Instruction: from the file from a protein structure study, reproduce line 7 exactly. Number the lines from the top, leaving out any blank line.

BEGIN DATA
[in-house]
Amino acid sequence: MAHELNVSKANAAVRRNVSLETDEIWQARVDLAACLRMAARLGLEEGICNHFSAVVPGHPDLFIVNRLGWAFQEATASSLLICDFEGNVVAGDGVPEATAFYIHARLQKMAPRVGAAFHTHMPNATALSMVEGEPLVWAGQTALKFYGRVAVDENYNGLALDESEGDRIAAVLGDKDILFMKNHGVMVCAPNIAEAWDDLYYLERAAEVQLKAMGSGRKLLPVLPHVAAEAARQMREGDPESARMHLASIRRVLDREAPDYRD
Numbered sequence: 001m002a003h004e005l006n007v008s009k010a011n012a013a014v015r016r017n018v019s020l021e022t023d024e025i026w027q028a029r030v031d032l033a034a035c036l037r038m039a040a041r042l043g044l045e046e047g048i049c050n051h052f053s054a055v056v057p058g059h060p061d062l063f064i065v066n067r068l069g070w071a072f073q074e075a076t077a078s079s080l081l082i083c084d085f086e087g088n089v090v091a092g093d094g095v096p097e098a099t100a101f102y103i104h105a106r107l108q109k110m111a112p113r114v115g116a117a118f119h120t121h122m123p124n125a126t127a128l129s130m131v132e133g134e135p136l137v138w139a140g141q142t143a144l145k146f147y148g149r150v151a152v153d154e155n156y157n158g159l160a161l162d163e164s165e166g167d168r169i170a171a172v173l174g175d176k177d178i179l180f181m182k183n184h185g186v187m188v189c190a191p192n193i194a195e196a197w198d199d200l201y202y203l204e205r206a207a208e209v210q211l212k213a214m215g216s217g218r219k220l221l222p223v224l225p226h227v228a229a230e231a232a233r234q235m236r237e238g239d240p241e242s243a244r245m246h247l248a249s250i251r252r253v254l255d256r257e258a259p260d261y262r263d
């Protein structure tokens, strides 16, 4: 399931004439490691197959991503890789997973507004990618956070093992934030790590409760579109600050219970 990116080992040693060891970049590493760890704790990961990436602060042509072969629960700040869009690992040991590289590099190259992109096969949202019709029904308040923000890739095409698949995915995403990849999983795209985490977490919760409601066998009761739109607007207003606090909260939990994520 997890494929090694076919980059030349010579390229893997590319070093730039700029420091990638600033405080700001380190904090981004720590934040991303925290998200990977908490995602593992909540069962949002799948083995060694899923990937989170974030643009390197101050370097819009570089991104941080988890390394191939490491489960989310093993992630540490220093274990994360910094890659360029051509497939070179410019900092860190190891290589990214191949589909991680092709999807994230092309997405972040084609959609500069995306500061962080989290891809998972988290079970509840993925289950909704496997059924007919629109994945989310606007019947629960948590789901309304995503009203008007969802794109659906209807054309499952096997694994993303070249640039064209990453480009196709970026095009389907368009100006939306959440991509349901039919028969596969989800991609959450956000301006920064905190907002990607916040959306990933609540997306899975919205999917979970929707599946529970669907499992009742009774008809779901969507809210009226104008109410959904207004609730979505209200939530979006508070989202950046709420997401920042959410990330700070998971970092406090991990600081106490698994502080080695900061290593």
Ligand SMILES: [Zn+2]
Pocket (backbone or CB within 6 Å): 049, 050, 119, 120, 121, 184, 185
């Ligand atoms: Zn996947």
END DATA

């Ligand atoms: Zn996947």